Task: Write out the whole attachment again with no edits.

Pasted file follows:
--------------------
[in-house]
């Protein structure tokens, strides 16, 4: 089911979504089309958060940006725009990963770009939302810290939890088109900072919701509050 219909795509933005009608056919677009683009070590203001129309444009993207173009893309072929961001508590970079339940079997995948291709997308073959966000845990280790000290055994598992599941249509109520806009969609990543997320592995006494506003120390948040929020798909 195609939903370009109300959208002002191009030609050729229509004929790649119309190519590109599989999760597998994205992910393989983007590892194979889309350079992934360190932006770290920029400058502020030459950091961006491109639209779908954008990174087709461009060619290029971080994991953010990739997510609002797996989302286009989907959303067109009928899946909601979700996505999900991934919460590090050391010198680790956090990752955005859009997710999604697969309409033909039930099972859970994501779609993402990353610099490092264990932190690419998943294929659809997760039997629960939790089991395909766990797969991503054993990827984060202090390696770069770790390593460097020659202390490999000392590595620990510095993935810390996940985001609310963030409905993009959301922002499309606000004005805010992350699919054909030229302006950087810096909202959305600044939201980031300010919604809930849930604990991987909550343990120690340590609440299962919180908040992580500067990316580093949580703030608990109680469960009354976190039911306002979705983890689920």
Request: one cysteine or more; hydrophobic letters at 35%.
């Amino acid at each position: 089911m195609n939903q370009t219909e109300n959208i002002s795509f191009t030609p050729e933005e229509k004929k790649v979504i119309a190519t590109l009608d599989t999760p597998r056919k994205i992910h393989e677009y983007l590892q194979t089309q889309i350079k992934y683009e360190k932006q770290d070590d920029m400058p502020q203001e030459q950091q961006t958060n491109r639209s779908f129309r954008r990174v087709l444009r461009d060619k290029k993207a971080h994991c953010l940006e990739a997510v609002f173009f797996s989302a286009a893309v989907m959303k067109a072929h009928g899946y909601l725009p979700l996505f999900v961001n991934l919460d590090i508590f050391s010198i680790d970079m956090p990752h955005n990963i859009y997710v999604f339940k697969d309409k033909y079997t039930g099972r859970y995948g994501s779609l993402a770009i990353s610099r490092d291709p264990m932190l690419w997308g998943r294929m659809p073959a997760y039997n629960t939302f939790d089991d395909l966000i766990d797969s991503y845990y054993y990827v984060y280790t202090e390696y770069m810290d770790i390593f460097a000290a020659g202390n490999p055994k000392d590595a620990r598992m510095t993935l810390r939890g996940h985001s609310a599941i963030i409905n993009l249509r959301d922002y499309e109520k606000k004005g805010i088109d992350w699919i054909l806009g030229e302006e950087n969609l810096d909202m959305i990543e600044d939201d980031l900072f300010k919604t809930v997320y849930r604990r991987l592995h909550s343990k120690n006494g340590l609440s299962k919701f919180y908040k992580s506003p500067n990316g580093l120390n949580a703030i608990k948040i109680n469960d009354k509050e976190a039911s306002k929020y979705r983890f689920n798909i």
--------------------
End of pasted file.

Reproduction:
[in-house]
């Protein structure tokens, strides 16, 4: 089911979504089309958060940006725009990963770009939302810290939890088109900072919701509050 219909795509933005009608056919677009683009070590203001129309444009993207173009893309072929961001508590970079339940079997995948291709997308073959966000845990280790000290055994598992599941249509109520806009969609990543997320592995006494506003120390948040929020798909 195609939903370009109300959208002002191009030609050729229509004929790649119309190519590109599989999760597998994205992910393989983007590892194979889309350079992934360190932006770290920029400058502020030459950091961006491109639209779908954008990174087709461009060619290029971080994991953010990739997510609002797996989302286009989907959303067109009928899946909601979700996505999900991934919460590090050391010198680790956090990752955005859009997710999604697969309409033909039930099972859970994501779609993402990353610099490092264990932190690419998943294929659809997760039997629960939790089991395909766990797969991503054993990827984060202090390696770069770790390593460097020659202390490999000392590595620990510095993935810390996940985001609310963030409905993009959301922002499309606000004005805010992350699919054909030229302006950087810096909202959305600044939201980031300010919604809930849930604990991987909550343990120690340590609440299962919180908040992580500067990316580093949580703030608990109680469960009354976190039911306002979705983890689920």
Request: one cysteine or more; hydrophobic letters at 35%.
């Amino acid at each position: 089911m195609n939903q370009t219909e109300n959208i002002s795509f191009t030609p050729e933005e229509k004929k790649v979504i119309a190519t590109l009608d599989t999760p597998r056919k994205i992910h393989e677009y983007l590892q194979t089309q889309i350079k992934y683009e360190k932006q770290d070590d920029m400058p502020q203001e030459q950091q961006t958060n491109r639209s779908f129309r954008r990174v087709l444009r461009d060619k290029k993207a971080h994991c953010l940006e990739a997510v609002f173009f797996s989302a286009a893309v989907m959303k067109a072929h009928g899946y909601l725009p979700l996505f999900v961001n991934l919460d590090i508590f050391s010198i680790d970079m956090p990752h955005n990963i859009y997710v999604f339940k697969d309409k033909y079997t039930g099972r859970y995948g994501s779609l993402a770009i990353s610099r490092d291709p264990m932190l690419w997308g998943r294929m659809p073959a997760y039997n629960t939302f939790d089991d395909l966000i766990d797969s991503y845990y054993y990827v984060y280790t202090e390696y770069m810290d770790i390593f460097a000290a020659g202390n490999p055994k000392d590595a620990r598992m510095t993935l810390r939890g996940h985001s609310a599941i963030i409905n993009l249509r959301d922002y499309e109520k606000k004005g805010i088109d992350w699919i054909l806009g030229e302006e950087n969609l810096d909202m959305i990543e600044d939201d980031l900072f300010k919604t809930v997320y849930r604990r991987l592995h909550s343990k120690n006494g340590l609440s299962k919701f919180y908040k992580s506003p500067n990316g580093l120390n949580a703030i608990k948040i109680n469960d009354k509050e976190a039911s306002k929020y979705r983890f689920n798909i």